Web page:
One day in Sydney, and we're already in love.
After a slight visa mishap at LAX followed by a surprisingly restful 14-hour flight across the Pacific, we were whisked away from the airport in a black BMW, and delivered to the stunning Hilton Sydney in the Central Business District. At the reception desk, it was hard not to stare up into the ceiling, mouth agape, stealing looks at the giant wire sculpture that dominates the atrium (to us it began to resemble campfire smoke billowing upwards). Our slightly disheveled travel attire seemed out of place in the shiny lobby, so we took advantage of my new HHonors Gold Member status and retreated to the 36th floor executive lounge to wait for our room. By 11am, our suite was ready.
As a home base in Sydney, the Hilton couldn’t be any better situated. It’s in the heart of city center, surrounded by shopping options, a block from the gorgeous Hyde Park, and a short walk to nearly everything. Once we were settled and refreshed, we stepped out through big revolving doors (they spin the other direction!) on a mission for the one thing I really needed: a haircut. My enormous winter beard was in need of some taming and, after all, it’s summer here.
A 15-minute stroll through the park landed us in hip Darlinghurst, a quiet neighborhood by day full of young, fit hipsters, cafes and bars, and interesting street art. With its tree-lined streets and diverse architecture, Darlinghurst seems to be the perfect city neighborhood.
Walking into Sedition, a hole-in-the-wall barbershop, feels a little overwhelming at first. The two-seat shop is filled floor to ceiling with loud, playful, anti-establishment work: giant papier mache phalluses plastered with repeated words (a series of "financial" works called his "Stimulus Package") looms over the interior doorway; plastic zip-tie flowers with colorful plastic petals; canvases of colored duct tape. It's as much an artist's studio as it is a barbershop.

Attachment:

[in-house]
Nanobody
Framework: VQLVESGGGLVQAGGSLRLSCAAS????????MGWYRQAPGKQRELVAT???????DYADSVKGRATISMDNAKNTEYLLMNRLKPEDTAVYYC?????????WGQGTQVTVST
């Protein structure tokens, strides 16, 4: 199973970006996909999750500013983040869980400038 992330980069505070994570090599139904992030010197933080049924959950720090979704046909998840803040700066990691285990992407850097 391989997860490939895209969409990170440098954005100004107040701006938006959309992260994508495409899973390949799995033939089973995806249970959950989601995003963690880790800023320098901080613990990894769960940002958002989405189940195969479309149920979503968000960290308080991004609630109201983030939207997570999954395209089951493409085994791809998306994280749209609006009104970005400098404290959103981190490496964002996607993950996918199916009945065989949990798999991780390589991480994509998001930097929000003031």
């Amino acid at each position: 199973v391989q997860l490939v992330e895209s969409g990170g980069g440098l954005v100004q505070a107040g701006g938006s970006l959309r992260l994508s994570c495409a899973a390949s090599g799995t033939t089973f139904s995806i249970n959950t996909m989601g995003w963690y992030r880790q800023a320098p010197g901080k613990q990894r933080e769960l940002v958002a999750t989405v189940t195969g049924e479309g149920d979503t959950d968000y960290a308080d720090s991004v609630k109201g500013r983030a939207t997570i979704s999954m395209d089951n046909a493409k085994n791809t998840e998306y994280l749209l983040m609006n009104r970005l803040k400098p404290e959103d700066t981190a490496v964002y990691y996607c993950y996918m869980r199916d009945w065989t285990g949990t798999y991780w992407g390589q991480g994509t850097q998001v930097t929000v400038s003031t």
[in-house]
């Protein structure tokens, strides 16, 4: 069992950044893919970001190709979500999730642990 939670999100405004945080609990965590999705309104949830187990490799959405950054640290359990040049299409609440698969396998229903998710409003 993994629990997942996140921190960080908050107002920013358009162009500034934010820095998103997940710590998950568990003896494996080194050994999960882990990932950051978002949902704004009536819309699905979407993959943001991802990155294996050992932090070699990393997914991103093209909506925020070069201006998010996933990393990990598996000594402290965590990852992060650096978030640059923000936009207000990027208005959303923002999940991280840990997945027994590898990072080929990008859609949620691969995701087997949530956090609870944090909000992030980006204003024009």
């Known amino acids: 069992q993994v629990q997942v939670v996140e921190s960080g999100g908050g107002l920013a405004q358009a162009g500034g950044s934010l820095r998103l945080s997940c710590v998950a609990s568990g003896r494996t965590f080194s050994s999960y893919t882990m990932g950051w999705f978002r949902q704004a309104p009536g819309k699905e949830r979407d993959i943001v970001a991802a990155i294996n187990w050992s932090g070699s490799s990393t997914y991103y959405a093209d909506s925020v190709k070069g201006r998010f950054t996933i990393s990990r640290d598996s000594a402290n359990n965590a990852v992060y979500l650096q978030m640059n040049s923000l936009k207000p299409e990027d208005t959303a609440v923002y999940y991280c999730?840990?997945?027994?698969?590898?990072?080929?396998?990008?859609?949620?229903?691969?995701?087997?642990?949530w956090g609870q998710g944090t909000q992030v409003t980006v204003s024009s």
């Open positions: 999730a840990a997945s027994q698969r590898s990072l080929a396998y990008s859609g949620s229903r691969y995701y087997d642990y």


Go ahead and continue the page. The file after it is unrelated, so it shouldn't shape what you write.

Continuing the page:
Mick, the owner/barber/artist was quiet and laid-back, with bright, thoughtful eyes and quick hands. Music pulsed through the shop. With minimal direction, he sculpted my winter shag into something a bit more suitable for summertime. It was truly the best cut I've had in years.
Newly liberated from my beard, which had grown a bit unwieldy and had hampered my eating for 3 months, I was excited to sink my teeth into a good burger. So when we stumbled into Grill'd, a local grass-fed burger chain, demonstrating that fast food can be done locally, sustainably, and ethically, it felt as if the stars had aligned. We quickly ordered a Baa Baa Burger to split: lamb, avocado, cheese, spicy mayo, lettuce, tomato. Served on a sourdough roll (sandwich-style), it hit the spot bigtime.
Next up, drinks. We ventured back toward a place we had passed earlier and plopped down on some stools at Pocket Bar, a cozy hipster-saloon with plenty of character: large pop art painted onto the walls; sheet music plastered along the ceiling; deep-set bookcases supporting the glass-top shadowbox bar; knick knacks worthy of any vintage consignment store lining every inch of every shelf. Being the only patrons at 4:30 in the afternoon, we had the chance to chat up both bartenders while sipping cocktails. The first one asked if we were meth heads after hearing we were from New Mexico (Breaking Bad fan). The second gave us helpful tips about avoiding death in Australia (which is everywhere). And we even got a couple on-the-house drinks.
Before leaving the neighborhood, we decided to grab a quick bite at Red Lantern, owned by Luke Nguyen, an Australian-Vietnamese celebrity chef we have watched on Cooking Channel. The Bun Thit, lemongrass pork and herbs you roll up in lettuce and eat with your hands, was rather expensive for what it is, but also the best Vietnamese food we’ve eaten since Hanoi.
By that time, the jet lag was catching up with us and we reluctantly started back to the hotel. Walking back through Hyde park at sundown had a different feel, so we lingered. Street performers, skateboarders, tourists and Sydneysiders alike were enjoying the mild summer evening among the tall trees. People were even lined up for the Stonehenge moonbounce, part of the ongoing Sydney Festival. Huge bats flew overhead. Huge, like the size of our cat, with wings. Sitting on a bench until night officially fell, we realized that Sydney already held us in its spell. We could get used to this.
Take a look at our first day in Sydney in action:
Disclosure: I am traveling in Australia on behalf of DoubleTree by Hilton, but no worries, they just booked my airfare and hotels; what I do and what I write about is all me.